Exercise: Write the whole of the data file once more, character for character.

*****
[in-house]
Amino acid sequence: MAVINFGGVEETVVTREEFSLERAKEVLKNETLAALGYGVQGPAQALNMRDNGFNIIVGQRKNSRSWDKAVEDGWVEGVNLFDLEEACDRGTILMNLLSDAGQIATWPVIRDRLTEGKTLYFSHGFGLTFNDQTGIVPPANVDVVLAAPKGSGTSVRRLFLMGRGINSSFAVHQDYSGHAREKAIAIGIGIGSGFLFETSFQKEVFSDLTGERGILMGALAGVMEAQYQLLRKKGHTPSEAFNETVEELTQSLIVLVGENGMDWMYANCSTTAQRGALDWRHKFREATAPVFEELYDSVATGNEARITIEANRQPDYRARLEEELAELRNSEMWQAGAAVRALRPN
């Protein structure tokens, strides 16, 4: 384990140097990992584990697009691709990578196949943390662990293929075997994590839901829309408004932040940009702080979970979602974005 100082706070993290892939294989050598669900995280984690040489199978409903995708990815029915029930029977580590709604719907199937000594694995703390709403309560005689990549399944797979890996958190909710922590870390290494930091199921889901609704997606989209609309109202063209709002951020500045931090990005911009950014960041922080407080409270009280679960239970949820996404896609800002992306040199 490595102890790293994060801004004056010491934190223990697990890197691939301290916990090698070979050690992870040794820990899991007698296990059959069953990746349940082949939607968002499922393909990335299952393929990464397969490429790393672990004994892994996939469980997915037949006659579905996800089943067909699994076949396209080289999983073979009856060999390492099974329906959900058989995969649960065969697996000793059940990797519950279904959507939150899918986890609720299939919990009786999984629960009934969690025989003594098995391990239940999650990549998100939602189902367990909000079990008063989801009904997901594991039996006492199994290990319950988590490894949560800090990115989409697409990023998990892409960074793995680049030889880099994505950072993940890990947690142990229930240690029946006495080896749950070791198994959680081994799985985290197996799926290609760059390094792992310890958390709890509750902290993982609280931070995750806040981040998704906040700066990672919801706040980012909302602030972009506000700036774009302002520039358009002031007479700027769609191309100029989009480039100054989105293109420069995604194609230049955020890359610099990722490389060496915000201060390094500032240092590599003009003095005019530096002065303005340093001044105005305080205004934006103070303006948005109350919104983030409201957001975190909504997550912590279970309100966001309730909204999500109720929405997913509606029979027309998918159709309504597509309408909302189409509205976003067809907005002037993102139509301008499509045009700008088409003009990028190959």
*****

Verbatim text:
[in-house]
Amino acid sequence: MAVINFGGVEETVVTREEFSLERAKEVLKNETLAALGYGVQGPAQALNMRDNGFNIIVGQRKNSRSWDKAVEDGWVEGVNLFDLEEACDRGTILMNLLSDAGQIATWPVIRDRLTEGKTLYFSHGFGLTFNDQTGIVPPANVDVVLAAPKGSGTSVRRLFLMGRGINSSFAVHQDYSGHAREKAIAIGIGIGSGFLFETSFQKEVFSDLTGERGILMGALAGVMEAQYQLLRKKGHTPSEAFNETVEELTQSLIVLVGENGMDWMYANCSTTAQRGALDWRHKFREATAPVFEELYDSVATGNEARITIEANRQPDYRARLEEELAELRNSEMWQAGAAVRALRPN
């Protein structure tokens, strides 16, 4: 384990140097990992584990697009691709990578196949943390662990293929075997994590839901829309408004932040940009702080979970979602974005 100082706070993290892939294989050598669900995280984690040489199978409903995708990815029915029930029977580590709604719907199937000594694995703390709403309560005689990549399944797979890996958190909710922590870390290494930091199921889901609704997606989209609309109202063209709002951020500045931090990005911009950014960041922080407080409270009280679960239970949820996404896609800002992306040199 490595102890790293994060801004004056010491934190223990697990890197691939301290916990090698070979050690992870040794820990899991007698296990059959069953990746349940082949939607968002499922393909990335299952393929990464397969490429790393672990004994892994996939469980997915037949006659579905996800089943067909699994076949396209080289999983073979009856060999390492099974329906959900058989995969649960065969697996000793059940990797519950279904959507939150899918986890609720299939919990009786999984629960009934969690025989003594098995391990239940999650990549998100939602189902367990909000079990008063989801009904997901594991039996006492199994290990319950988590490894949560800090990115989409697409990023998990892409960074793995680049030889880099994505950072993940890990947690142990229930240690029946006495080896749950070791198994959680081994799985985290197996799926290609760059390094792992310890958390709890509750902290993982609280931070995750806040981040998704906040700066990672919801706040980012909302602030972009506000700036774009302002520039358009002031007479700027769609191309100029989009480039100054989105293109420069995604194609230049955020890359610099990722490389060496915000201060390094500032240092590599003009003095005019530096002065303005340093001044105005305080205004934006103070303006948005109350919104983030409201957001975190909504997550912590279970309100966001309730909204999500109720929405997913509606029979027309998918159709309504597509309408909302189409509205976003067809907005002037993102139509301008499509045009700008088409003009990028190959």